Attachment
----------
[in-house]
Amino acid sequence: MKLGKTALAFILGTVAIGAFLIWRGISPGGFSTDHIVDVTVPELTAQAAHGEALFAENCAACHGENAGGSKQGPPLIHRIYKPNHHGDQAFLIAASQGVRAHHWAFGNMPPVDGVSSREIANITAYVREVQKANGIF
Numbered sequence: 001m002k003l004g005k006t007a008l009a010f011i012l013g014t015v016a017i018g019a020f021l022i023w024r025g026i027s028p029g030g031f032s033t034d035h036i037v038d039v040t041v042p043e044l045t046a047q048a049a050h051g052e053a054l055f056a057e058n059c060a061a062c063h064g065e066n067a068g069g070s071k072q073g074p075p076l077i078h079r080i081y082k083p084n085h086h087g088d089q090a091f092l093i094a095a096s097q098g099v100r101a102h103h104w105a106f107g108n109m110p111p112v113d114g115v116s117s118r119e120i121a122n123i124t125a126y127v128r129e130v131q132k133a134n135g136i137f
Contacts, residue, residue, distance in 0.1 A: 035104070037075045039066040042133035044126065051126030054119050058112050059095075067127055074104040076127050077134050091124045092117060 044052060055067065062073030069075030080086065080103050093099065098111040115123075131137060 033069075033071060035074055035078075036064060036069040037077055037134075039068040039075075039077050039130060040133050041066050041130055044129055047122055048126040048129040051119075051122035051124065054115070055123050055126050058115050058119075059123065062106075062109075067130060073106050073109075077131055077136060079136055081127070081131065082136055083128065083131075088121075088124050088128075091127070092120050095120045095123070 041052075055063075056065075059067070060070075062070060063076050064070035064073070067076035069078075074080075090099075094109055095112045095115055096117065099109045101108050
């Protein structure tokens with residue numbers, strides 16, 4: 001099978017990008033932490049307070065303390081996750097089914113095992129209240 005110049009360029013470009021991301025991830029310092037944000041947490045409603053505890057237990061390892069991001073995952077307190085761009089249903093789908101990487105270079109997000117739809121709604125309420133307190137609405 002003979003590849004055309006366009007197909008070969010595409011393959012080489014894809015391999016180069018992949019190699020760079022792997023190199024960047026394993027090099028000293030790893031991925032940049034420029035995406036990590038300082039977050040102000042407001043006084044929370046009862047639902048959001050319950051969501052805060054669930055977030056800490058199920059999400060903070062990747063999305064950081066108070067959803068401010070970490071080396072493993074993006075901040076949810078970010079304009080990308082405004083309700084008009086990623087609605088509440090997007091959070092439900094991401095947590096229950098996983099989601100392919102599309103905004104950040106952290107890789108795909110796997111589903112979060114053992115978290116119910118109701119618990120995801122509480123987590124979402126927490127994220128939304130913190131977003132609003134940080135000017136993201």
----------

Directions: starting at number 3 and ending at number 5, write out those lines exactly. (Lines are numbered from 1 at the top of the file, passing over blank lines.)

Numbered sequence: 001m002k003l004g005k006t007a008l009a010f011i012l013g014t015v016a017i018g019a020f021l022i023w024r025g026i027s028p029g030g031f032s033t034d035h036i037v038d039v040t041v042p043e044l045t046a047q048a049a050h051g052e053a054l055f056a057e058n059c060a061a062c063h064g065e066n067a068g069g070s071k072q073g074p075p076l077i078h079r080i081y082k083p084n085h086h087g088d089q090a091f092l093i094a095a096s097q098g099v100r101a102h103h104w105a106f107g108n109m110p111p112v113d114g115v116s117s118r119e120i121a122n123i124t125a126y127v128r129e130v131q132k133a134n135g136i137f
Contacts, residue, residue, distance in 0.1 A: 035104070037075045039066040042133035044126065051126030054119050058112050059095075067127055074104040076127050077134050091124045092117060 044052060055067065062073030069075030080086065080103050093099065098111040115123075131137060 033069075033071060035074055035078075036064060036069040037077055037134075039068040039075075039077050039130060040133050041066050041130055044129055047122055048126040048129040051119075051122035051124065054115070055123050055126050058115050058119075059123065062106075062109075067130060073106050073109075077131055077136060079136055081127070081131065082136055083128065083131075088121075088124050088128075091127070092120050095120045095123070 041052075055063075056065075059067070060070075062070060063076050064070035064073070067076035069078075074080075090099075094109055095112045095115055096117065099109045101108050
């Protein structure tokens with residue numbers, strides 16, 4: 001099978017990008033932490049307070065303390081996750097089914113095992129209240 005110049009360029013470009021991301025991830029310092037944000041947490045409603053505890057237990061390892069991001073995952077307190085761009089249903093789908101990487105270079109997000117739809121709604125309420133307190137609405 002003979003590849004055309006366009007197909008070969010595409011393959012080489014894809015391999016180069018992949019190699020760079022792997023190199024960047026394993027090099028000293030790893031991925032940049034420029035995406036990590038300082039977050040102000042407001043006084044929370046009862047639902048959001050319950051969501052805060054669930055977030056800490058199920059999400060903070062990747063999305064950081066108070067959803068401010070970490071080396072493993074993006075901040076949810078970010079304009080990308082405004083309700084008009086990623087609605088509440090997007091959070092439900094991401095947590096229950098996983099989601100392919102599309103905004104950040106952290107890789108795909110796997111589903112979060114053992115978290116119910118109701119618990120995801122509480123987590124979402126927490127994220128939304130913190131977003132609003134940080135000017136993201």